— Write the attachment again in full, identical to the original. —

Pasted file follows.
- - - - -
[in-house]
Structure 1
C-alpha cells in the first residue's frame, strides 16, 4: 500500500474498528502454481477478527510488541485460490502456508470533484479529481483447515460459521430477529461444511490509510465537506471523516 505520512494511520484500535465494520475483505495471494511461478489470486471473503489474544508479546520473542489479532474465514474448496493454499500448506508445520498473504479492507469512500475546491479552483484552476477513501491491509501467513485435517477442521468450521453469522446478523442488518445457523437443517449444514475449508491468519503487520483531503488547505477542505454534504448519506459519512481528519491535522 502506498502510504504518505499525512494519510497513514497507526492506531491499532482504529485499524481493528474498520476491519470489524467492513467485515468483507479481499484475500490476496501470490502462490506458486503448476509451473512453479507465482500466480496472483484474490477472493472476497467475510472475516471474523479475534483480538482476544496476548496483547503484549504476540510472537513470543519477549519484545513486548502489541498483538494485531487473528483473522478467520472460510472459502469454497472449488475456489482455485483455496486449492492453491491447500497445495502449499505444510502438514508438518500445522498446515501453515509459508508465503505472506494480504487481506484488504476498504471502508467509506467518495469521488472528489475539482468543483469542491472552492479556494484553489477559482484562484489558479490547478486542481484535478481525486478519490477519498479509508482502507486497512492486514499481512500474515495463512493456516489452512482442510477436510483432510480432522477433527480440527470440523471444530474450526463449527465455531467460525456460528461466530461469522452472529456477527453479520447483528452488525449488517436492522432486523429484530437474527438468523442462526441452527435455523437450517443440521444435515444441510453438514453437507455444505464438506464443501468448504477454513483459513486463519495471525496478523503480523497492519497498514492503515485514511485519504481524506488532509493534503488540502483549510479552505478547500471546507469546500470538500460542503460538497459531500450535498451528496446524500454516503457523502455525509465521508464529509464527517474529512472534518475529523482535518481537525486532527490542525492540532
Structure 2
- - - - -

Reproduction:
[in-house]
Structure 1
C-alpha cells in the first residue's frame, strides 16, 4: 500500500474498528502454481477478527510488541485460490502456508470533484479529481483447515460459521430477529461444511490509510465537506471523516 505520512494511520484500535465494520475483505495471494511461478489470486471473503489474544508479546520473542489479532474465514474448496493454499500448506508445520498473504479492507469512500475546491479552483484552476477513501491491509501467513485435517477442521468450521453469522446478523442488518445457523437443517449444514475449508491468519503487520483531503488547505477542505454534504448519506459519512481528519491535522 502506498502510504504518505499525512494519510497513514497507526492506531491499532482504529485499524481493528474498520476491519470489524467492513467485515468483507479481499484475500490476496501470490502462490506458486503448476509451473512453479507465482500466480496472483484474490477472493472476497467475510472475516471474523479475534483480538482476544496476548496483547503484549504476540510472537513470543519477549519484545513486548502489541498483538494485531487473528483473522478467520472460510472459502469454497472449488475456489482455485483455496486449492492453491491447500497445495502449499505444510502438514508438518500445522498446515501453515509459508508465503505472506494480504487481506484488504476498504471502508467509506467518495469521488472528489475539482468543483469542491472552492479556494484553489477559482484562484489558479490547478486542481484535478481525486478519490477519498479509508482502507486497512492486514499481512500474515495463512493456516489452512482442510477436510483432510480432522477433527480440527470440523471444530474450526463449527465455531467460525456460528461466530461469522452472529456477527453479520447483528452488525449488517436492522432486523429484530437474527438468523442462526441452527435455523437450517443440521444435515444441510453438514453437507455444505464438506464443501468448504477454513483459513486463519495471525496478523503480523497492519497498514492503515485514511485519504481524506488532509493534503488540502483549510479552505478547500471546507469546500470538500460542503460538497459531500450535498451528496446524500454516503457523502455525509465521508464529509464527517474529512472534518475529523482535518481537525486532527490542525492540532
Structure 2